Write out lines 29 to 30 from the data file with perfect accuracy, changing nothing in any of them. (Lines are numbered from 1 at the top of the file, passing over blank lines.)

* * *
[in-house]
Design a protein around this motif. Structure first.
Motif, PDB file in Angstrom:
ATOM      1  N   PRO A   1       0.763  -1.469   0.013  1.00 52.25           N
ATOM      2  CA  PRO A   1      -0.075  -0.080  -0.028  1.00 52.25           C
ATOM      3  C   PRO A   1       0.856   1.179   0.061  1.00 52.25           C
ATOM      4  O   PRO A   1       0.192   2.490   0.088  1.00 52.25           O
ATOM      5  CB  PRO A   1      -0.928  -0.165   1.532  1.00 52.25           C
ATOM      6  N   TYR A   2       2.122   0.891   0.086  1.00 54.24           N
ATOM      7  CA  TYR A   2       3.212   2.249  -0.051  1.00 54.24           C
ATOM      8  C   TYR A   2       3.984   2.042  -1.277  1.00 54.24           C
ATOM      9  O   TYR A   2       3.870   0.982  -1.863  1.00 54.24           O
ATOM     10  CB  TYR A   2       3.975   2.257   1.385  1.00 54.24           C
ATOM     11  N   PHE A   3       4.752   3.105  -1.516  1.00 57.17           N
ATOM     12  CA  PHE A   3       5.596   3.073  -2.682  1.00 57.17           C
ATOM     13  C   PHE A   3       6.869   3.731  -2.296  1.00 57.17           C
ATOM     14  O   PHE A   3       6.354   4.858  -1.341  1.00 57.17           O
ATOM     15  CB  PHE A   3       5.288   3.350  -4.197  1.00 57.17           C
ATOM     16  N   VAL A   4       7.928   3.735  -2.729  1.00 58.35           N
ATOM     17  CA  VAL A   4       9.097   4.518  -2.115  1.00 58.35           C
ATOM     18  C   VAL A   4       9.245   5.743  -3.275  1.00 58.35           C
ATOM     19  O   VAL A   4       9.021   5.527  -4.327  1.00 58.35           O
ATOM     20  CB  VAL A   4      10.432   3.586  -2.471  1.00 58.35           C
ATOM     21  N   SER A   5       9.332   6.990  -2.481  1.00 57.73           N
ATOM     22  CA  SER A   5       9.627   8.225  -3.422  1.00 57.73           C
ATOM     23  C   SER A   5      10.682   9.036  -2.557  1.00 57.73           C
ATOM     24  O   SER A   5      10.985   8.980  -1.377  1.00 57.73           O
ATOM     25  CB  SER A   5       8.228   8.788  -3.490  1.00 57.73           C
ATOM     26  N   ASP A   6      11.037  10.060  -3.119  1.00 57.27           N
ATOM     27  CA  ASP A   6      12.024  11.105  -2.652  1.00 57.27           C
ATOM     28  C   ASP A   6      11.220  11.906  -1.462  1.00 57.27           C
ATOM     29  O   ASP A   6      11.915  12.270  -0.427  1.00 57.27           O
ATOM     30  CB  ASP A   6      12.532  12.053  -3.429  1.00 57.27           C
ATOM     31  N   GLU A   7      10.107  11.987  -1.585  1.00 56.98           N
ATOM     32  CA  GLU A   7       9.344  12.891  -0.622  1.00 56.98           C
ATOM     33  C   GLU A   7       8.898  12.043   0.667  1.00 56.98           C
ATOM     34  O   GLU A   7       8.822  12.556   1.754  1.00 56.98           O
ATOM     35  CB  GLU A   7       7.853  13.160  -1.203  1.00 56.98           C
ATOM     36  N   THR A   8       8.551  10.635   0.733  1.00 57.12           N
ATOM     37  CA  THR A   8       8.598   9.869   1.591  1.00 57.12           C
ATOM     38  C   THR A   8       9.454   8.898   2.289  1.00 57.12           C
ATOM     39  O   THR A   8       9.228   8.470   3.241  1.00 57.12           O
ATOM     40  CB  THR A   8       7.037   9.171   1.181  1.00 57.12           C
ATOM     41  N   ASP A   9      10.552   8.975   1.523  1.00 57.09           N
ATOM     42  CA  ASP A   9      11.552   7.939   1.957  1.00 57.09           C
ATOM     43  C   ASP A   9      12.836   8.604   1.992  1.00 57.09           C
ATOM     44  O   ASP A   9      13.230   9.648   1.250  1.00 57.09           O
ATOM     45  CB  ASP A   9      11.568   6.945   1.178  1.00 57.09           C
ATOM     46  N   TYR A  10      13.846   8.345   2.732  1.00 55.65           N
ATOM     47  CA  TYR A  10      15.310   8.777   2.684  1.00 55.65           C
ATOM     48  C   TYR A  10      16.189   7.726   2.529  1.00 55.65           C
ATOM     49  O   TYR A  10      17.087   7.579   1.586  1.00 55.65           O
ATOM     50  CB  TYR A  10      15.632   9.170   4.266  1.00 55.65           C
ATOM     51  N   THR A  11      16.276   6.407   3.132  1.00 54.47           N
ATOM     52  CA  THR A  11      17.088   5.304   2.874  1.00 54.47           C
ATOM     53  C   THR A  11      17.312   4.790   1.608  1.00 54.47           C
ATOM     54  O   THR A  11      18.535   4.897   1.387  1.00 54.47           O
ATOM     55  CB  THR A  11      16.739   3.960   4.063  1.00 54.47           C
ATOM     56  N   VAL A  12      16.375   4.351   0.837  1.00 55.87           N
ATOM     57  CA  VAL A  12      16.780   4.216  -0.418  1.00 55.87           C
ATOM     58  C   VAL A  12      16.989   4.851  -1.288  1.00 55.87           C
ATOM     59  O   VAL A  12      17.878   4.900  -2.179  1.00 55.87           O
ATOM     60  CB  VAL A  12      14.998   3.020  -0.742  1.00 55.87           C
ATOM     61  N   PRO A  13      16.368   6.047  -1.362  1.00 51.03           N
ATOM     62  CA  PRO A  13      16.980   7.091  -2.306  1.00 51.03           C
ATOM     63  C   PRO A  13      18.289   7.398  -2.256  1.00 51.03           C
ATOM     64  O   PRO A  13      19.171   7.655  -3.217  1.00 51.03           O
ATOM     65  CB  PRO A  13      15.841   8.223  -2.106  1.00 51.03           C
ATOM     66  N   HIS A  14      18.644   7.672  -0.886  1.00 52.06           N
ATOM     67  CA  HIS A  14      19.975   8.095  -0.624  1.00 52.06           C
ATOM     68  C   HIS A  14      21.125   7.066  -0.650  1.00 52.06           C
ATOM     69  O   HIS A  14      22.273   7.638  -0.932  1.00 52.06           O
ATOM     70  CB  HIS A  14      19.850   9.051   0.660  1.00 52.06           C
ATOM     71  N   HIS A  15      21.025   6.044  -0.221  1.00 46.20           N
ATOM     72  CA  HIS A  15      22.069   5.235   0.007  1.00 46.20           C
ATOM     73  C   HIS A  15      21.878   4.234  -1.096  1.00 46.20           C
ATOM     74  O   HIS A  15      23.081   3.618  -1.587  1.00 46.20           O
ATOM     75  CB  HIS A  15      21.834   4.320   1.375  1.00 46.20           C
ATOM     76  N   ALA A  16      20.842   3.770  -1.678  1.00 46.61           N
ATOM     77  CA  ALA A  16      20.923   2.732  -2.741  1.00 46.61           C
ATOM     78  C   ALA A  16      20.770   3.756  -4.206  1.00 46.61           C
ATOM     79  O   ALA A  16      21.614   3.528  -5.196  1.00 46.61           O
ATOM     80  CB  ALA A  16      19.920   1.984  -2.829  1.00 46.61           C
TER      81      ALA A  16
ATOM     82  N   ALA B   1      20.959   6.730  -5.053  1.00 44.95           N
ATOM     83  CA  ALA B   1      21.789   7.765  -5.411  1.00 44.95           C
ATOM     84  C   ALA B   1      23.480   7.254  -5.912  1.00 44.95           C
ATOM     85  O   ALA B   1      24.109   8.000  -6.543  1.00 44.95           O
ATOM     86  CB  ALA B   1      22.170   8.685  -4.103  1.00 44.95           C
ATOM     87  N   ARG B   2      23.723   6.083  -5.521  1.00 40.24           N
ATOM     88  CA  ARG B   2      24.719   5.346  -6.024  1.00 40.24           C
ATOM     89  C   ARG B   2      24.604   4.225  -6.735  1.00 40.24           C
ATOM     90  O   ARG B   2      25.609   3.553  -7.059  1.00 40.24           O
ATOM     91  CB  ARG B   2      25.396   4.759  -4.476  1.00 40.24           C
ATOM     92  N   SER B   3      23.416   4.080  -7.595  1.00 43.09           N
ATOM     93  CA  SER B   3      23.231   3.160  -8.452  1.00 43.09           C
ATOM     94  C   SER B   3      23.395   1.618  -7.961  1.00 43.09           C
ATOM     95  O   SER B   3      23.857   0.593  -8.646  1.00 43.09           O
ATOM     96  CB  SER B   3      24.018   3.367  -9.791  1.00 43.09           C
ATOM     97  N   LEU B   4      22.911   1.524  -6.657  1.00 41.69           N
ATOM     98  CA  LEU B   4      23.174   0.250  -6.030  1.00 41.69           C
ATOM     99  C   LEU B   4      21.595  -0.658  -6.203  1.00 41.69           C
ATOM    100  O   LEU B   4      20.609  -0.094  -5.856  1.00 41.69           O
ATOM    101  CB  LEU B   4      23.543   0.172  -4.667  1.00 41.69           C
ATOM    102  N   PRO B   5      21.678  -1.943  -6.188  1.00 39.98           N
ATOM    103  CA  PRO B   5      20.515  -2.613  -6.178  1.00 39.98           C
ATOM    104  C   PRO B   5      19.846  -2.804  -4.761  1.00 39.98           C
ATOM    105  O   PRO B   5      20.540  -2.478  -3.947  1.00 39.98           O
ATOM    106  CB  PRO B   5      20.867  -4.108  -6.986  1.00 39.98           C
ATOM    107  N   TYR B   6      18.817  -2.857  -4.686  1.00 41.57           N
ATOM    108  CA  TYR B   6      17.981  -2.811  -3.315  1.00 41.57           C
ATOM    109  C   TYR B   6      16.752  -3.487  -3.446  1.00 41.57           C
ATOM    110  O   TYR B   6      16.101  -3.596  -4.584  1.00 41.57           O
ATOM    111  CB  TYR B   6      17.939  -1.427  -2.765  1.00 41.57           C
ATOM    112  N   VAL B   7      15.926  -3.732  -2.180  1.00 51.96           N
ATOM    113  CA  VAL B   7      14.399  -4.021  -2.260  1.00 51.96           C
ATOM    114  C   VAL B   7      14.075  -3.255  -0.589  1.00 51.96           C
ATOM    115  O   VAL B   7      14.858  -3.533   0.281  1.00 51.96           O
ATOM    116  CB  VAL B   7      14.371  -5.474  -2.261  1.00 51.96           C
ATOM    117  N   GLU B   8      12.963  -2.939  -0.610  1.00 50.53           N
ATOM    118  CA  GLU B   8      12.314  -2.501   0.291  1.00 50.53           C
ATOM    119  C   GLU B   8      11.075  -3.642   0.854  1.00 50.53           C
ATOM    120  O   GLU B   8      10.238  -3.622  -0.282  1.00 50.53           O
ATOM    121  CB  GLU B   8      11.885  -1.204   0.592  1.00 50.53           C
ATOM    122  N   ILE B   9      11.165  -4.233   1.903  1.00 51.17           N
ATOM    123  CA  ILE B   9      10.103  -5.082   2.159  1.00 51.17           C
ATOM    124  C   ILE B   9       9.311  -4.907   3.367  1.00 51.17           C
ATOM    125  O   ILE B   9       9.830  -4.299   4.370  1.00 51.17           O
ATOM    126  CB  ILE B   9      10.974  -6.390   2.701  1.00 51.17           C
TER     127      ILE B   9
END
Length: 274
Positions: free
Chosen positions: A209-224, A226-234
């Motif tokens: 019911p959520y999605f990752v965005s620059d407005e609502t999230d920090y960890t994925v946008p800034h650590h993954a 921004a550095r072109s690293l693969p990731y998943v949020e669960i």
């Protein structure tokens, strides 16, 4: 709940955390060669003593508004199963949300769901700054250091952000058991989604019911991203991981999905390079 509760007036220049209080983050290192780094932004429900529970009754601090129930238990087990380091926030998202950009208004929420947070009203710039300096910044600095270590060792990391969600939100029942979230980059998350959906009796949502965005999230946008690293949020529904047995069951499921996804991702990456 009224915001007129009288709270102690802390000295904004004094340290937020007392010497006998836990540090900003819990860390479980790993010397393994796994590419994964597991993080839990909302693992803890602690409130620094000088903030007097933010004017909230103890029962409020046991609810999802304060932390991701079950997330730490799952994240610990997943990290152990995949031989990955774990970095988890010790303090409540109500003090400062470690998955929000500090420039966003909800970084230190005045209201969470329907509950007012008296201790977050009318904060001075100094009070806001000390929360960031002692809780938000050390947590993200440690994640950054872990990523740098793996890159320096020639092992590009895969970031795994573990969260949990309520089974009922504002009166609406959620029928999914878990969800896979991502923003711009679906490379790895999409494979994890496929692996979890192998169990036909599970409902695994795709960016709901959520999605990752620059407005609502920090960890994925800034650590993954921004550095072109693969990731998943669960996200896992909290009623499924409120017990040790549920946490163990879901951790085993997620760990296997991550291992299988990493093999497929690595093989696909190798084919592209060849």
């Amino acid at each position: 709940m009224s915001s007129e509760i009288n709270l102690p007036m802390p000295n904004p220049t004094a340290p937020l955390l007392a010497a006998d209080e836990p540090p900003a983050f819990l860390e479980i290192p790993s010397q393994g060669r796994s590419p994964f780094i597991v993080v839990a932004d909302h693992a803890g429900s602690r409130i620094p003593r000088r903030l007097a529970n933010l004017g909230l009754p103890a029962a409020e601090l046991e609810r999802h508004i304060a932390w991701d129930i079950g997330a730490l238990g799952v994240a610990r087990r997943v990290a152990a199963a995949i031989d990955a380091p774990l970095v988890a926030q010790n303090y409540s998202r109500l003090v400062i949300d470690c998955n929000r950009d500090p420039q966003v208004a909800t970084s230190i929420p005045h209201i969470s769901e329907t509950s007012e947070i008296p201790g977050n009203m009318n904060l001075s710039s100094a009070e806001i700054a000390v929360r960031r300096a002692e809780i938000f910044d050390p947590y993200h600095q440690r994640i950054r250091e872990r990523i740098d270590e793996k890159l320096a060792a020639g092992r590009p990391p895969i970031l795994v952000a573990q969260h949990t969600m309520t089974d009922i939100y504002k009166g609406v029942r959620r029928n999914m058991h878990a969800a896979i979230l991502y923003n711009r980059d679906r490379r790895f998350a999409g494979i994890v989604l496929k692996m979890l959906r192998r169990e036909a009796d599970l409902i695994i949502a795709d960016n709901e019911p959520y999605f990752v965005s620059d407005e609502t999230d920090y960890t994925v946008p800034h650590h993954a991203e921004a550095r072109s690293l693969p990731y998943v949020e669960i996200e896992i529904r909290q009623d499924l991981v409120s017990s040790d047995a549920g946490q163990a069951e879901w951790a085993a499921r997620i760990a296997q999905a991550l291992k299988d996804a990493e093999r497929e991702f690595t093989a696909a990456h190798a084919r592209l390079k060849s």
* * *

ATOM     26  N   ASP A   6      11.037  10.060  -3.119  1.00 57.27           N
ATOM     27  CA  ASP A   6      12.024  11.105  -2.652  1.00 57.27           C